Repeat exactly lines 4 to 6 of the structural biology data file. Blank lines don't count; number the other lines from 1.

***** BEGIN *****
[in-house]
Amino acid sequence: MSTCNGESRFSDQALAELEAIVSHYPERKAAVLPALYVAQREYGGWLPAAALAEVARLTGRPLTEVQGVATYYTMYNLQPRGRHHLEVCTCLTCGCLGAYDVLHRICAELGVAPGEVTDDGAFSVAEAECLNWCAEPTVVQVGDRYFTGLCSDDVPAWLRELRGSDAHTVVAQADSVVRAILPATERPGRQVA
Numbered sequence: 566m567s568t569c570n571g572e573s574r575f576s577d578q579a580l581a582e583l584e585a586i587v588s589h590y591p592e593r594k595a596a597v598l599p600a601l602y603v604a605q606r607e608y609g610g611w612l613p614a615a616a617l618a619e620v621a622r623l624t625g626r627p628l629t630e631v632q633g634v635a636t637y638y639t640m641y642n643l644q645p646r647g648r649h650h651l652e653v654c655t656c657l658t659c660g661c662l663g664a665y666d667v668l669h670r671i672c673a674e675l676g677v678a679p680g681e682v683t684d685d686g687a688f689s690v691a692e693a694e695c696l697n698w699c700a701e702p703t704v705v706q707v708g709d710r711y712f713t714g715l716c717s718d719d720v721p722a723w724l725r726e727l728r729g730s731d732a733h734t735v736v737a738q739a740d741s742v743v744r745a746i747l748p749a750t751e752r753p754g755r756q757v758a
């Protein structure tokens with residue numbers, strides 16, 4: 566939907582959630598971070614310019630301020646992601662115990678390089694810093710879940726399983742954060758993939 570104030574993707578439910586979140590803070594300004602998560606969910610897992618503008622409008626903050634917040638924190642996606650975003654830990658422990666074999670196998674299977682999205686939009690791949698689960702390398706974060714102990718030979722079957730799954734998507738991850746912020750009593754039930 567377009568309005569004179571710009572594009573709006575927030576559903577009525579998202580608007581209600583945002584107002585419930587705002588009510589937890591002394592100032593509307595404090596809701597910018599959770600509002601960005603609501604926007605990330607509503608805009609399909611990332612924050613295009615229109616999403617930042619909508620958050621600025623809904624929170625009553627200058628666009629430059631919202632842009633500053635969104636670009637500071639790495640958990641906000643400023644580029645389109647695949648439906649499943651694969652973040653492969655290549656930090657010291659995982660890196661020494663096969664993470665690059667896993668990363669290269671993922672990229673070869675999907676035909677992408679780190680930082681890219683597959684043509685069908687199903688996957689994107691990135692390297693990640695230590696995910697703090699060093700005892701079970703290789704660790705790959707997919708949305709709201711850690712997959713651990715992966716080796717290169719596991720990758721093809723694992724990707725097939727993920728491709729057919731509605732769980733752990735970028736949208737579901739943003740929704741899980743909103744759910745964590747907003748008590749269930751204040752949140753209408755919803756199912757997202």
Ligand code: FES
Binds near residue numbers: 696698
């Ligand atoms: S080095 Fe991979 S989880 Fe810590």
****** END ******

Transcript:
């Protein structure tokens with residue numbers, strides 16, 4: 566939907582959630598971070614310019630301020646992601662115990678390089694810093710879940726399983742954060758993939 570104030574993707578439910586979140590803070594300004602998560606969910610897992618503008622409008626903050634917040638924190642996606650975003654830990658422990666074999670196998674299977682999205686939009690791949698689960702390398706974060714102990718030979722079957730799954734998507738991850746912020750009593754039930 567377009568309005569004179571710009572594009573709006575927030576559903577009525579998202580608007581209600583945002584107002585419930587705002588009510589937890591002394592100032593509307595404090596809701597910018599959770600509002601960005603609501604926007605990330607509503608805009609399909611990332612924050613295009615229109616999403617930042619909508620958050621600025623809904624929170625009553627200058628666009629430059631919202632842009633500053635969104636670009637500071639790495640958990641906000643400023644580029645389109647695949648439906649499943651694969652973040653492969655290549656930090657010291659995982660890196661020494663096969664993470665690059667896993668990363669290269671993922672990229673070869675999907676035909677992408679780190680930082681890219683597959684043509685069908687199903688996957689994107691990135692390297693990640695230590696995910697703090699060093700005892701079970703290789704660790705790959707997919708949305709709201711850690712997959713651990715992966716080796717290169719596991720990758721093809723694992724990707725097939727993920728491709729057919731509605732769980733752990735970028736949208737579901739943003740929704741899980743909103744759910745964590747907003748008590749269930751204040752949140753209408755919803756199912757997202």
Ligand code: FES
Binds near residue numbers: 696698